At last!:
Apple launches the iToilet!

Minus 20:
At the back end of last year there was a call for work for ‘minus 20’ from London’s e-2, for a digital-art show containing only works less than 20kb in size. The results are now online. Some are just ho-hum revamped linear video-art (Vickey Isley and others), but others (Tim Talyor, Christopher Otto) get interactive and become rather more interesting. Beware; the gallery’s multi-click multi-page navigation and toolbar-less pop-ups are most annoying. Given that the time which someone can hold onto an aesthetic experience is usually about the same as that of savouring the tangy smell of a new peeled orange (after which it becomes nauseous to sustain it), these tiny artworks might point a way forwards for interactive art; as poigniant as haiku or as powerful as an advertising slogan.

Photoblogging again:
Three “great names” photography portfolios; seen via a newly found photoblog, consumptive.org. Ok, I’ll try to shut up about blogs from now on. Really.

It must be true, it’s in the papers:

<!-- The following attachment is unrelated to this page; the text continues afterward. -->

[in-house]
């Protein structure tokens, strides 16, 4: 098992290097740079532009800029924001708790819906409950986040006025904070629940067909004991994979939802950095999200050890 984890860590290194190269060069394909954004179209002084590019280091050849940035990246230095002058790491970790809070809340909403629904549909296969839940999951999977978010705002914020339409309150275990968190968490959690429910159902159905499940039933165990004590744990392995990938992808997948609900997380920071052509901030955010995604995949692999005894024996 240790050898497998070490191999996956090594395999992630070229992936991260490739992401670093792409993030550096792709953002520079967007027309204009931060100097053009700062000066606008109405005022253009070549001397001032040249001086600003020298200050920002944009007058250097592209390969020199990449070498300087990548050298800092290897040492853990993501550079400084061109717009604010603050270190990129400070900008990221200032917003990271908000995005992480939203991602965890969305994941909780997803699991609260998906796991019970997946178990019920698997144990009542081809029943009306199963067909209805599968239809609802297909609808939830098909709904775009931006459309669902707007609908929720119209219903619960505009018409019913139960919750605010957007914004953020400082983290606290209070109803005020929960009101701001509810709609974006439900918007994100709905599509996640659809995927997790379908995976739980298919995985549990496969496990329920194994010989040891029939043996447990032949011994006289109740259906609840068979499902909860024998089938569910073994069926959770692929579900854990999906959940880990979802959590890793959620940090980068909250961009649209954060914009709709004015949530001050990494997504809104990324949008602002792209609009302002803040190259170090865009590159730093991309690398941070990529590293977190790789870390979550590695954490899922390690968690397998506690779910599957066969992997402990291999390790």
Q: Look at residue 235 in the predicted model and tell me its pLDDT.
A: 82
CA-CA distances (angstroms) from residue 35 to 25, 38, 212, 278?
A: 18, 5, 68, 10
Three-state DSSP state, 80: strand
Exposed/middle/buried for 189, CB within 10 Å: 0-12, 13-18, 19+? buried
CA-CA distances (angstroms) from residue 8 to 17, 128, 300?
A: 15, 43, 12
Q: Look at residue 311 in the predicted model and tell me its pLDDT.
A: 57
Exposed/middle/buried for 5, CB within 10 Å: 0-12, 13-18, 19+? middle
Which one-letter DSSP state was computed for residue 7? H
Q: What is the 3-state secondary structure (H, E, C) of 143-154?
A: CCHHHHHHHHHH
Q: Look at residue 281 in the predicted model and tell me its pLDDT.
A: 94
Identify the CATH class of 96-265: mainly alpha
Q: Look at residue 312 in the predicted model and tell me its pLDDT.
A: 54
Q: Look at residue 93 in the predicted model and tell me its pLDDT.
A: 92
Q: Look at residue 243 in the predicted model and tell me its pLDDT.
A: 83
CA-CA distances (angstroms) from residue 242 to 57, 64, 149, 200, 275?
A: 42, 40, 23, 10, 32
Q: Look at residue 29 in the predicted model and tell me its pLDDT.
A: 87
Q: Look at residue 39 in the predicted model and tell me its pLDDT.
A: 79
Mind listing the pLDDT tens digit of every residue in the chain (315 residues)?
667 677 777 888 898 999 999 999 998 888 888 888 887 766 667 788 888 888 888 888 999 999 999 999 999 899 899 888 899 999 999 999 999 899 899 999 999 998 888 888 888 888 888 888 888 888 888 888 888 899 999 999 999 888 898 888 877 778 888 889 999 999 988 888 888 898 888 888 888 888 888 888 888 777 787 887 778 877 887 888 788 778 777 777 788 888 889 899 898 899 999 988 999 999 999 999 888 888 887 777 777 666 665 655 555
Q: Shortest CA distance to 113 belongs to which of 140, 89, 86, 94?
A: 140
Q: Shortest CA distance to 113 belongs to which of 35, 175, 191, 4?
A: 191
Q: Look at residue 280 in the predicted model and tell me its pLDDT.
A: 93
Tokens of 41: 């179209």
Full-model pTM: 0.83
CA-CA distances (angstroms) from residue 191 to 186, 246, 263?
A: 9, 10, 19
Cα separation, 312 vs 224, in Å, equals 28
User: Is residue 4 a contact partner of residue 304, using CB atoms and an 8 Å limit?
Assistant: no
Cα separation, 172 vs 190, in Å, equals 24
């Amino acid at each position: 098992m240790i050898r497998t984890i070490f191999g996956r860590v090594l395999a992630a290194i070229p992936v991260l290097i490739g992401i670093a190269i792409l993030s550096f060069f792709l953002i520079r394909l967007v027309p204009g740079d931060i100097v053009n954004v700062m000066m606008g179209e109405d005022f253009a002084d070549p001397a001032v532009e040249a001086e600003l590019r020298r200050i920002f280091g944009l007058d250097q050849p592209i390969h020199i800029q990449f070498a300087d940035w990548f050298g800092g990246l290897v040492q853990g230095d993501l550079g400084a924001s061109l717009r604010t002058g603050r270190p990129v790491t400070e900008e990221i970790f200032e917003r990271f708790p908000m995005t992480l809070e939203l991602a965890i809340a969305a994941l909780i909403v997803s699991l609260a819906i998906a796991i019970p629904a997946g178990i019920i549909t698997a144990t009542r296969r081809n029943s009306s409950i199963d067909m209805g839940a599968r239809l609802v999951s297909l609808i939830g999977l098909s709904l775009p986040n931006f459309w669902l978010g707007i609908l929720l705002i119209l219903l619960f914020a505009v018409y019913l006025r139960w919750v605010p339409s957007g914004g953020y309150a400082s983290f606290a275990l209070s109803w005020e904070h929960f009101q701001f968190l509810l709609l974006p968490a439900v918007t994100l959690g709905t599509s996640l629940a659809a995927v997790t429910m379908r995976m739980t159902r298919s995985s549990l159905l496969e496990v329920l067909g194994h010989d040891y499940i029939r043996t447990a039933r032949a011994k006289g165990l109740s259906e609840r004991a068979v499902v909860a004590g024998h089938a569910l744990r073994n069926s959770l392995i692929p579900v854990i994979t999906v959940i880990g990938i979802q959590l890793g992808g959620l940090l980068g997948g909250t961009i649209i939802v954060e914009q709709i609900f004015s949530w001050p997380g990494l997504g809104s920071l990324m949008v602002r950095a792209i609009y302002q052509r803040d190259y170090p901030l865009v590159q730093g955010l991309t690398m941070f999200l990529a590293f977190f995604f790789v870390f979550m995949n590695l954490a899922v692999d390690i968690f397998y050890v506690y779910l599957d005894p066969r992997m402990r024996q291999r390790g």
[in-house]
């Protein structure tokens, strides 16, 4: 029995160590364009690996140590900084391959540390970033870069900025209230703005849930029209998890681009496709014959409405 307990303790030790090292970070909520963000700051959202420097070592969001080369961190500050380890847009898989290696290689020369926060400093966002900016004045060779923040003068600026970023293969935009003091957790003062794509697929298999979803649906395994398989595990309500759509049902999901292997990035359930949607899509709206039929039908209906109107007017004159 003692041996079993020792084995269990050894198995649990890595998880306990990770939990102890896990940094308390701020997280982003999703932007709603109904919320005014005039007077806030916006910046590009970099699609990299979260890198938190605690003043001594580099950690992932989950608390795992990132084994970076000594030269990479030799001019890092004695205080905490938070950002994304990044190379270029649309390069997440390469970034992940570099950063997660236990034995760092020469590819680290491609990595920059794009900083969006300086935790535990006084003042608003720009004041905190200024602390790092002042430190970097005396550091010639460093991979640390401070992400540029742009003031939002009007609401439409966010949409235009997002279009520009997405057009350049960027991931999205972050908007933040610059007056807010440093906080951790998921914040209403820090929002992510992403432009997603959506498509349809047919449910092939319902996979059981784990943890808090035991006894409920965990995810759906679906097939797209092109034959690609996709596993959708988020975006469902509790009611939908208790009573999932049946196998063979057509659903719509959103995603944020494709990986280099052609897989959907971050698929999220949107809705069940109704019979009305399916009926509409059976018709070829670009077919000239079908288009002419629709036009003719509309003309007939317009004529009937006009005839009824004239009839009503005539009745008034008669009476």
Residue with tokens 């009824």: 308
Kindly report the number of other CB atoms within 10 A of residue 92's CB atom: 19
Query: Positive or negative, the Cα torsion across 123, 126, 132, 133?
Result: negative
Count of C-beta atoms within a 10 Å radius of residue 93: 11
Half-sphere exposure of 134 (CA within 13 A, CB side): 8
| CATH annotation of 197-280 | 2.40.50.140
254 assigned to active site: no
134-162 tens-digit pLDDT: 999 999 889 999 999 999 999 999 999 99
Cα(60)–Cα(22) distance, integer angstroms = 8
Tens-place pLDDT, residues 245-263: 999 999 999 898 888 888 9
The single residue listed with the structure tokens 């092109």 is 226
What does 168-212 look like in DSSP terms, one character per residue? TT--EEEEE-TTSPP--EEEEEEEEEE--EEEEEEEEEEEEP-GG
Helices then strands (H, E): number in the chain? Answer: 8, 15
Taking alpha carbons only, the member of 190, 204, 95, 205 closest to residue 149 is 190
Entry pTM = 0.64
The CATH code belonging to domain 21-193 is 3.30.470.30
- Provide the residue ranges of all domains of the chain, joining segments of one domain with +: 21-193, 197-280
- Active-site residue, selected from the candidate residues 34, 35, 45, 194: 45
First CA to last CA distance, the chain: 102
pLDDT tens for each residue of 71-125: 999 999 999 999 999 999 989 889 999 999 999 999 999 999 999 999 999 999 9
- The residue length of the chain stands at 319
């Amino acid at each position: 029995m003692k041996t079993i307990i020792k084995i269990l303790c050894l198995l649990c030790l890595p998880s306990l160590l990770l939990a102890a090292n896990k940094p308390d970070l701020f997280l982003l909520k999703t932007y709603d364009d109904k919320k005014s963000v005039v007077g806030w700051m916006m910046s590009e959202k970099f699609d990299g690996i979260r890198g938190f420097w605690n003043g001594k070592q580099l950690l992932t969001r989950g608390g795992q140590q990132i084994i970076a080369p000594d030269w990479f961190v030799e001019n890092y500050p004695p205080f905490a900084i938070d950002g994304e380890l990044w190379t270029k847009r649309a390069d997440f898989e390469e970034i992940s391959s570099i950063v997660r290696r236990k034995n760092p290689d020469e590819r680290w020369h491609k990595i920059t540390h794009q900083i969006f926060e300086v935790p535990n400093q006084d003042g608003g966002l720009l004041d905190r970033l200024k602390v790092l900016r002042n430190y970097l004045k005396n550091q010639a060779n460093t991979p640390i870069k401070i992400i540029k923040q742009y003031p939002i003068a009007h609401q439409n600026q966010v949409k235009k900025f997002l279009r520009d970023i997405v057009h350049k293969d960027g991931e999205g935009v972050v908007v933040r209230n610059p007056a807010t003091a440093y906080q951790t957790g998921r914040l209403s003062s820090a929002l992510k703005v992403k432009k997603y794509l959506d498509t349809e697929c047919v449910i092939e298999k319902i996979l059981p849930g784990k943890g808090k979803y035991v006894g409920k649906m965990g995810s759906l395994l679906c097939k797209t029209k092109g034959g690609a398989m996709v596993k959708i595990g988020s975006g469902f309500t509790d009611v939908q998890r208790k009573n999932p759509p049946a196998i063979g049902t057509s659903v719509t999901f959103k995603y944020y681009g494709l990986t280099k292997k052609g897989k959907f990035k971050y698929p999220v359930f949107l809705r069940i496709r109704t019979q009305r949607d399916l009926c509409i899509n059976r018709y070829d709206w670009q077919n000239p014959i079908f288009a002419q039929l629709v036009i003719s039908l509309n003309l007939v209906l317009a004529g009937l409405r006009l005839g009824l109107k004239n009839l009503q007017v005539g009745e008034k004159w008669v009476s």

The Sunday Times helps push the landscape/rural trend – sprouting rapidly after two dismal winters and a summer of foot & mouth restrictions – further into the zeitgeist. The ST‘s Magazine leads on ‘The New Forests’ sprouting up around Britain, and encourages readers to fork out £7 each to help plant enough native trees to make seven new forests. Good for them. The ST also reports that gore-hound wunderkind Damien Hirst’s new artwork has gone all environmental and tree-ish. In The Independent, comedian Mark Steel has been to the rural Midlands town of Shrewsbury, where my mate Andy lives, and has… “been reminded there is something highly endearing about Britain, which is that everywhere is genuinely slightly different.” But he also berates the way consumerist conformity is creeping over local pride and eccentricities, the… “pedestrianised precincts springing up like bindweed”. Yes, that Mark Steel, ‘the nation’s favourite revolutionary socialist’, falls for the rural charms of middle England. Something’s afoot (and it’s heading into the hills). But stay-at-homes bloggers who don’t like mud on their wellie boots will be encouraged to read in The Independent that… “a young English writer has an immediate audience of 600 million”. Potentially, of course; even the top uber-blogger Andrew Sullivan only has around 3,000 visitors a day. I suppose it depends on which readers you have; as the early history of The Well showed, having a mere 100 readers who’re key arbiters of new tastes and styles might just be more rewarding than having 3,000 flitters.